Guardini on the Grey Dawn between Time and Eternity

Guardini on the Grey Dawn between Time and Eternity
Romano Guardini (1885-1968) wrote a magnificent book entitled The Lord (1954); the Gateway edition has an introduction by Cardinal Ratzinger; Guardini’s book, The Spirit of the Liturgy (1935) was a direct influence and inspiration for Ratzinger’s own book of that title. Kenneth Schmitz of the Pope John Paul II Institute told me once that Guardini’s The Lord brought him back to the Church.
In a chapter entitled “Between Time and Eternity” Guardini has a very insightful interpretation of the passages pertaining to the period between Christ’s Resurrection and his return to the Father.

He says at the outset of the chapter — “If we accept them as we should, not as a legend, but as a vital part of our faith, then we must ask what they mean in the life of the Lord, and what their significance in our own Christian existence.” (486)

He then goes through the various post-Resurrection appearances and discovers a very suggestive pattern. First of all, we notice that he does not overwhelm his disciples with new miracles (as if rising from the dead were not enough). Guardini says our Lord re-visits his friends and disciples and confirms the past but transfigures it in the present. An event from the past is recalled, transfigured and continued. Mary Magdalen, Peter, disciples at Emmaus — there is a moment of recognition, a moment of recollection, and transfiguration. What happens? “something unspectacular and exquisitely still: the past is confirmed. The reality of the life that has been crosses over into eternity.” (492) There is “the simultaneous preservation and transfiguration of all that has been.” To bring the point fully home, Guardini concludes “earthly destiny enters into eternity.” (492) For St John describes his vision of our Lord in eternity as “the Lamb standing ‘as if slain’ but alive.” The past is preserved in the present, earthly destiny enters into eternity.
So why do we need these stories and images of the encounter with the risen Lord in this twilight between time and eternity? Guardini says there is a danger of dualism, that we shall forget the humanity of Jesus, his incarnation and his earthly sojourn under the glare of the eternal, immortal one. There is a “danger that this truth dangle in space, enigmatic as rune on an ancient stone.” The significance of the earthly sojourn could well fade into a dusty haze of the “historical past.” But “this period of transition deciphers the rune.” Here is the key: “All that has been remains in eternal form. Every word he spoke, every event during his lifetime is fixed in unchanging reality, then and now and forever.” (493)
So now we must see how utterly charged are those few words exchanged between Jesus and disciples during this period. We see how these scripture passages become such perfect opportunities of prayer:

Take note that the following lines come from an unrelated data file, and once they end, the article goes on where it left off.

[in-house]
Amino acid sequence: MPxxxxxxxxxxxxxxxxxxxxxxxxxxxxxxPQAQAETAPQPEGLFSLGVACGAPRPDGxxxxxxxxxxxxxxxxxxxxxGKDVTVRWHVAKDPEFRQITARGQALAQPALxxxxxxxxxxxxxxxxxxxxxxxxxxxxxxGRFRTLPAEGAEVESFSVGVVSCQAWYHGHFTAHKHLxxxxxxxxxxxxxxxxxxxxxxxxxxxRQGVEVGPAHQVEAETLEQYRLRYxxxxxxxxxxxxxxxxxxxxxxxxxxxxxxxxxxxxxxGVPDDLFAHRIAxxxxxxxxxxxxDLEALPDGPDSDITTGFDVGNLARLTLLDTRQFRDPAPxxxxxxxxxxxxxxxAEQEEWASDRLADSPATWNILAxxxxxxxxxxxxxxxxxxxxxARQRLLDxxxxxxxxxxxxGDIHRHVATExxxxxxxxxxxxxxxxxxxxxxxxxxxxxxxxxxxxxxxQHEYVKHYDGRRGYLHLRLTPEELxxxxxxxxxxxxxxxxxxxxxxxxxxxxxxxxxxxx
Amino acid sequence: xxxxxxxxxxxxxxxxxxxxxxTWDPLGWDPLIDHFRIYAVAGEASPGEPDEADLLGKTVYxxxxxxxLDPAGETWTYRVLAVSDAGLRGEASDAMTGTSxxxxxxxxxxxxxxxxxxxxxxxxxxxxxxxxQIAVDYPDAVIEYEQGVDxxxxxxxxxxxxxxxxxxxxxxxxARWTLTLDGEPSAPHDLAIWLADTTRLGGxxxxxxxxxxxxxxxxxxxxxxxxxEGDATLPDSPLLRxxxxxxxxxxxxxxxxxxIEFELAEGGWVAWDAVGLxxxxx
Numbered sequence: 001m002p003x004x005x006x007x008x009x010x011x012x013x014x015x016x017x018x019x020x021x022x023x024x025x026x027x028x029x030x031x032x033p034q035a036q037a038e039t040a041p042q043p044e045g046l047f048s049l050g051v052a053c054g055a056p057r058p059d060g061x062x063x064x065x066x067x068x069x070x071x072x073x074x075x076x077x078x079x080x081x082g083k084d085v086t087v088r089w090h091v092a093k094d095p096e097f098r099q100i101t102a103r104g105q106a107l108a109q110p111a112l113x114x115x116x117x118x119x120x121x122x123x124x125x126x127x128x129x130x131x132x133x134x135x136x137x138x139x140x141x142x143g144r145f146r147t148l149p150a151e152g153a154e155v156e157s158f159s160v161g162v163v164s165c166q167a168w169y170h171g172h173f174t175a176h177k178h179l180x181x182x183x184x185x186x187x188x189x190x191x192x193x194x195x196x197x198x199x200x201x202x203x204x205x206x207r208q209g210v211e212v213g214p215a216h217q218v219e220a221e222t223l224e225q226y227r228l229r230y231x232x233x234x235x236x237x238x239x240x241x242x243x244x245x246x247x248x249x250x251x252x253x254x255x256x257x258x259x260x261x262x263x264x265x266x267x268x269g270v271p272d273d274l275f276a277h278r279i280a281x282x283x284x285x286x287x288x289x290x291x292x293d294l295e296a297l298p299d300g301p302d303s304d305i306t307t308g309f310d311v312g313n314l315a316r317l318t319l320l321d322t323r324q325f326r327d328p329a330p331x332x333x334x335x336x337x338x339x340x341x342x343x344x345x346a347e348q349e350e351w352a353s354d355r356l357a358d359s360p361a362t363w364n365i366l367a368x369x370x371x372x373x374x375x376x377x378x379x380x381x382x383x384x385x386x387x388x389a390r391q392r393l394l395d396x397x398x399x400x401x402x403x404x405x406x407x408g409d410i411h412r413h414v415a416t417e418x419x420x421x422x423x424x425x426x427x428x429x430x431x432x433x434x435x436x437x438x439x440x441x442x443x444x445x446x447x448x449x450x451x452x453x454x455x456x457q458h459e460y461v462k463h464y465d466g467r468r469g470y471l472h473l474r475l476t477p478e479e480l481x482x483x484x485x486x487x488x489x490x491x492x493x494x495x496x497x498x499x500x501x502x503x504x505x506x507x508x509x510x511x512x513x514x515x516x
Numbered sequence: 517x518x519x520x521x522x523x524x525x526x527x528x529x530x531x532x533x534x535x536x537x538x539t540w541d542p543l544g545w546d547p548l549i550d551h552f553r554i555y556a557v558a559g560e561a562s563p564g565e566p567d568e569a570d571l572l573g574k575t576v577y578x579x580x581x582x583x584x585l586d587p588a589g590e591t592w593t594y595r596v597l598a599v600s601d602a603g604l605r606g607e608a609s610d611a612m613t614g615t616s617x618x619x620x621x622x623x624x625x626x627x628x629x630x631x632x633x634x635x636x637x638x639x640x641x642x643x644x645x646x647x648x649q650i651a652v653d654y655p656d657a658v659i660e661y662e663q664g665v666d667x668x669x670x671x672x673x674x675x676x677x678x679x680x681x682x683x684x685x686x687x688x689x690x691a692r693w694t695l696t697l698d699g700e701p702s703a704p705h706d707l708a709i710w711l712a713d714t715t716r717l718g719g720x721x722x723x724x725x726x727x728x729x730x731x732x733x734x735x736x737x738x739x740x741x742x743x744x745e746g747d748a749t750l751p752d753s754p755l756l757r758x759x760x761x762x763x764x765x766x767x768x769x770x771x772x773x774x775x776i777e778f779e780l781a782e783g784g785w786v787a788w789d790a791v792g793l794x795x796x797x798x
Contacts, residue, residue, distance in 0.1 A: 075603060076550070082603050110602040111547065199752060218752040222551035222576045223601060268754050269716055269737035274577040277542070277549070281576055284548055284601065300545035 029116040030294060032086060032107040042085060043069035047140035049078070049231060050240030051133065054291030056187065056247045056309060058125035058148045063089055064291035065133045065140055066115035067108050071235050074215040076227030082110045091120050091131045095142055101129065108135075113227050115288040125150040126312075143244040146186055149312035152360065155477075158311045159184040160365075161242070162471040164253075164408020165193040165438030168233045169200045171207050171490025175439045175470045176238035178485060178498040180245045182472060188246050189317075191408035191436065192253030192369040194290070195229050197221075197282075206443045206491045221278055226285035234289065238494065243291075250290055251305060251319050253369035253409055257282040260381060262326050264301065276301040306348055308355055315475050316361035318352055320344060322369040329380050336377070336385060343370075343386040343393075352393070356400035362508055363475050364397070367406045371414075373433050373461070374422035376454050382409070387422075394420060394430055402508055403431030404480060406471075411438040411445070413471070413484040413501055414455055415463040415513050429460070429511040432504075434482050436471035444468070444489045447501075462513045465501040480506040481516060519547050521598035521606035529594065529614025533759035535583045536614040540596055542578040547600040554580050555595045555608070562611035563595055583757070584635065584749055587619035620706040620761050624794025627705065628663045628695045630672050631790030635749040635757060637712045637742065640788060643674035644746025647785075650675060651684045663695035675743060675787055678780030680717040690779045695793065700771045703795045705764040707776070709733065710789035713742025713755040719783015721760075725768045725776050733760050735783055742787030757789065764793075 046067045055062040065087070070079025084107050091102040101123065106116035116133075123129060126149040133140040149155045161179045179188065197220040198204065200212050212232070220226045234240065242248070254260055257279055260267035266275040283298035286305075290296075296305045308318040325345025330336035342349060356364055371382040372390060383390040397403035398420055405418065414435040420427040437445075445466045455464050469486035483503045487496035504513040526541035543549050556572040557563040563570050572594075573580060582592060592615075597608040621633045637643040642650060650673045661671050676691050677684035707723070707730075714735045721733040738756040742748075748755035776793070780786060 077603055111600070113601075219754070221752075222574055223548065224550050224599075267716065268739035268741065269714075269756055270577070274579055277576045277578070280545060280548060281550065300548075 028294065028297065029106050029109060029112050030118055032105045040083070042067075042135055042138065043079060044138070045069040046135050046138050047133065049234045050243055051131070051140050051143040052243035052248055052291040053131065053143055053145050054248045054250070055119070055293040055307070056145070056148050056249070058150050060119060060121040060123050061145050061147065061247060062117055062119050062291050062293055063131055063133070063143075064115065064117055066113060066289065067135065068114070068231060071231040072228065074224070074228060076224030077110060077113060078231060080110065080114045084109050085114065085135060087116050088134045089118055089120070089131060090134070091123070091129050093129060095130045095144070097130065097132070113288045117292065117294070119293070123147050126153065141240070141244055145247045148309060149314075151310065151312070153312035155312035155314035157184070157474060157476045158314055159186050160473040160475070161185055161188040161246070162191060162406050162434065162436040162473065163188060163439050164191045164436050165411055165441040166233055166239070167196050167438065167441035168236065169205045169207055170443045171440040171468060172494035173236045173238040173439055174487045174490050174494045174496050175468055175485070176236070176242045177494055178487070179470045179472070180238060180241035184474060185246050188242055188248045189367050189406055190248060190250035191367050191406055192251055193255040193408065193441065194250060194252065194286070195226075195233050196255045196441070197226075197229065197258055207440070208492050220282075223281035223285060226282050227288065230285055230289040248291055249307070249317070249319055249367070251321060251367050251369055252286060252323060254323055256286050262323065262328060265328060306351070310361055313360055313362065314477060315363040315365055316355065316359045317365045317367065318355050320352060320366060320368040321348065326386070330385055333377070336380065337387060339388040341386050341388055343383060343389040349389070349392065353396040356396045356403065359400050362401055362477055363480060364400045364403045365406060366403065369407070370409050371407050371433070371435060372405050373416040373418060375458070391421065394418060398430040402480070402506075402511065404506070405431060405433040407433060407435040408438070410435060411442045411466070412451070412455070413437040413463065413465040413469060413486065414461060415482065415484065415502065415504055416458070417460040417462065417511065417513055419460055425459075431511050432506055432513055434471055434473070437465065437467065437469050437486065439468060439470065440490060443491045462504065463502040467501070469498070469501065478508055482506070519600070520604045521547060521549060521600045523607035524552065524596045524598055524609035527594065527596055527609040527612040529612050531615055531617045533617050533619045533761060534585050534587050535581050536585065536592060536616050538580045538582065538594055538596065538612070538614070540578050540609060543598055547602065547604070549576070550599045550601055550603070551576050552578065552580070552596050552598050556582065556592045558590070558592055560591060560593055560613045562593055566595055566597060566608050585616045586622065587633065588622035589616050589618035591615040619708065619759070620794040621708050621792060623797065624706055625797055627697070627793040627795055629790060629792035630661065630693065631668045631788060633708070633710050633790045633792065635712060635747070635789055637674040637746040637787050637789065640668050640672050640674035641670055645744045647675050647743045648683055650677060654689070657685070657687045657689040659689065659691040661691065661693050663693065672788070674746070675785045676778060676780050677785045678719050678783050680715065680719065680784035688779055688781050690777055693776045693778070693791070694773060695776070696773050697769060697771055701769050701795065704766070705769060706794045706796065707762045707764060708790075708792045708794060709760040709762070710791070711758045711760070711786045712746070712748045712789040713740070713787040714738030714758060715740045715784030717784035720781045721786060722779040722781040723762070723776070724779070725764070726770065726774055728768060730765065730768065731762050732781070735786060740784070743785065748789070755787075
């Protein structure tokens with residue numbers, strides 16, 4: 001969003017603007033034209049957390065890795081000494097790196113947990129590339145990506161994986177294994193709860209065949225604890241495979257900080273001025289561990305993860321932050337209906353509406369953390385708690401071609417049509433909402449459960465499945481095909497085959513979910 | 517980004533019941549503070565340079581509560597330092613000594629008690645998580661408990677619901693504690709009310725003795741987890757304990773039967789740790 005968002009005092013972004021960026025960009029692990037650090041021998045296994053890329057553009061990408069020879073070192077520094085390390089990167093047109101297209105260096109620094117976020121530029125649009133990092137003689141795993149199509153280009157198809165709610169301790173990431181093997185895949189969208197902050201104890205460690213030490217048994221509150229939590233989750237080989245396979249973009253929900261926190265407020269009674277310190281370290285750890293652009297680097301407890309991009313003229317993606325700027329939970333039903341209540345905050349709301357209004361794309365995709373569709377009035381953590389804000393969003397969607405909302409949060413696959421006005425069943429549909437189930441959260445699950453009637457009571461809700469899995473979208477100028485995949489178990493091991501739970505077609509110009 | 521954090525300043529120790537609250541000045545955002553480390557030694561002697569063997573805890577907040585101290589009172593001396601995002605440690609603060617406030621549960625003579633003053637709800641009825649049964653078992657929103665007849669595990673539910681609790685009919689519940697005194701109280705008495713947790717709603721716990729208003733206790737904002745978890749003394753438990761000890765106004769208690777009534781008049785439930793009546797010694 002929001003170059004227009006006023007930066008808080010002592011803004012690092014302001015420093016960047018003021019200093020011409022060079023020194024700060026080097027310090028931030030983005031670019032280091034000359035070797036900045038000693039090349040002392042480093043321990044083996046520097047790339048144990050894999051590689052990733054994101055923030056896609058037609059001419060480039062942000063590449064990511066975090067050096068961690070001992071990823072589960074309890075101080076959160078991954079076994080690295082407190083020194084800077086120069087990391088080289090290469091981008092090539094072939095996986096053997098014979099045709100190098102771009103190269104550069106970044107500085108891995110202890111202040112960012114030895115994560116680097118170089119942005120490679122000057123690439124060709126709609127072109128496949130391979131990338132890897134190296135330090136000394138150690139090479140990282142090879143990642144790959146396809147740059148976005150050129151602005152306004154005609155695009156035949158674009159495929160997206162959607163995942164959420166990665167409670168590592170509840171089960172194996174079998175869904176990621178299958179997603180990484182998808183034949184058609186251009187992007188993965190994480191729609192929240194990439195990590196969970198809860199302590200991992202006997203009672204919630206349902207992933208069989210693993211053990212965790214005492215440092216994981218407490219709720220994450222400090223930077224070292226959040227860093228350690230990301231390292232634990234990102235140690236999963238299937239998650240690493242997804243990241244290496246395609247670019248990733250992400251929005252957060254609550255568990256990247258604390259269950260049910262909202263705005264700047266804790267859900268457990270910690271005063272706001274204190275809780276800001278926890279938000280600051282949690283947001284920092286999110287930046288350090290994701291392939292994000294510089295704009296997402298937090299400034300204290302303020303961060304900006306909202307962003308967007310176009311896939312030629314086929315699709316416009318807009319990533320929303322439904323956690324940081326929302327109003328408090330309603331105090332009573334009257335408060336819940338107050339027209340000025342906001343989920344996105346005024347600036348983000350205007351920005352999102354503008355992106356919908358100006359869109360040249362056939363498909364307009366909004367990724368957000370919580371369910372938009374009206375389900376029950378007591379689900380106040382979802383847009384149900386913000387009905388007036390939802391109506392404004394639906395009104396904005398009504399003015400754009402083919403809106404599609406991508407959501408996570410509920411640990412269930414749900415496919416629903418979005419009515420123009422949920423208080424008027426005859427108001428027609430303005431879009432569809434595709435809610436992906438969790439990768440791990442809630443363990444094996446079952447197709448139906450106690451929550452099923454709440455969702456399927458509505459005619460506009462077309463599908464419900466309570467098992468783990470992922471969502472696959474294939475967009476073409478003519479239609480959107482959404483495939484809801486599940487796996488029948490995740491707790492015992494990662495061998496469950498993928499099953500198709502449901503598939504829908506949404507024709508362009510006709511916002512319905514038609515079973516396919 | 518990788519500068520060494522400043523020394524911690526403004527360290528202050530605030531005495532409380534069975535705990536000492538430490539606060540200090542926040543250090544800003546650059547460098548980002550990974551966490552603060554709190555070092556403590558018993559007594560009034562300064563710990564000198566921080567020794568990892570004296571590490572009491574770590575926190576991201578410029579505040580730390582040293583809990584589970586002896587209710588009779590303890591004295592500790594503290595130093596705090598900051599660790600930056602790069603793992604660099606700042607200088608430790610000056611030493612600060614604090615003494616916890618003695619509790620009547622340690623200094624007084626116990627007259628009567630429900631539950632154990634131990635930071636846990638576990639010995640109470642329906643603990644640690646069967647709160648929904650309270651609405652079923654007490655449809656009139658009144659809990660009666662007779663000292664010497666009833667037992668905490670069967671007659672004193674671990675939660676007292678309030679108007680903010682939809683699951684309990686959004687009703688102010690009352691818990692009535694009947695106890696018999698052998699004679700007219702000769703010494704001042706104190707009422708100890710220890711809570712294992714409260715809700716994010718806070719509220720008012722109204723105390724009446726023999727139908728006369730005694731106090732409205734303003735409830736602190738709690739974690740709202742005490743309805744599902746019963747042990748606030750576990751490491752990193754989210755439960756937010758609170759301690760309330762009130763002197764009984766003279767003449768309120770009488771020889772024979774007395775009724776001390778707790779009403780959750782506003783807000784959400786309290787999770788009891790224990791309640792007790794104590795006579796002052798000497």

“Jesus said to her, ‘Mary’ and she turned and said to him, ‘Rabboni.'” (John 20.16)
“Simon, son of John, do you love me? Lord you know all things, you know that I love you.” (John 21.17)
“Children, have you caught anything? Cast the net on the right side of the boat.” (John 21.5)
“Oh foolish men, slow to believe all that the prophets have spoken.” (Luke 24.25)
“He took the bread, blessed it and broke it, and gave it to them.” (Luke 24.30)
I do think Guardini has deciphered the rune correctly. Each line has compressed into itself the depth of a three year relationship of mentorship, friendship, and love. One single line shoots straight through the heart of the disciple and resonates within the metallic traces of memory. I must exclaim that these passages from the gospels must be either pure fiction or pure personal and undeniable truth. Pure fiction because so well wrought and so alive with a diaphanous glow of personal experience. But then there needs be four brilliant authors, working their craft for a diverse readership. But the apostles were not geniuses. No, these passages are one further indication of the truth of the gospel witness. Let him who has ears to hear . . . The humble world of the Jewish fishermen from Galilee was irradiated by love incarnate and the memory of his sojourn neither faded with the era nor disappeared into another world. Guardini is right — each memory is confirmed and “released and carried over into the spacious serenity of eternal life.” (491)

To be a Christian is to be a man or woman of memory. Our memory is the memory of the sons of Zebedee and the memory of Peter and Andrew. Is this why our Lord chose two sets of brothers to be his witnesses? They are brothers because they share memory! And it is also the memory of the “colleagues” at Emmaus, it is the memory of the little flock at Bethany, it is the memory of the apostles in the upper room, it is the memory of Mary our mother (“Son, behold your mother”). The memory of the Lord fills and overflows the shared lives and memories of the communities of Christ. One brief word conjures it up; one shared meal fuels its love.

And our memories generate hope. Hope lies before us in the dawn of the resurrection. In that gray of the dawn after the Resurrection we discern the figure of the Risen Lord, poised between time and eternity and through love our memory turns to anticipation, so we must call out “Teacher!” “Lord!”


1 Comment
  1. Could you please give me a short appraisal of Guardini's two books, The Lord and Eternal Life, with a content description?
    If you have the time, it'd be very much appreciated.



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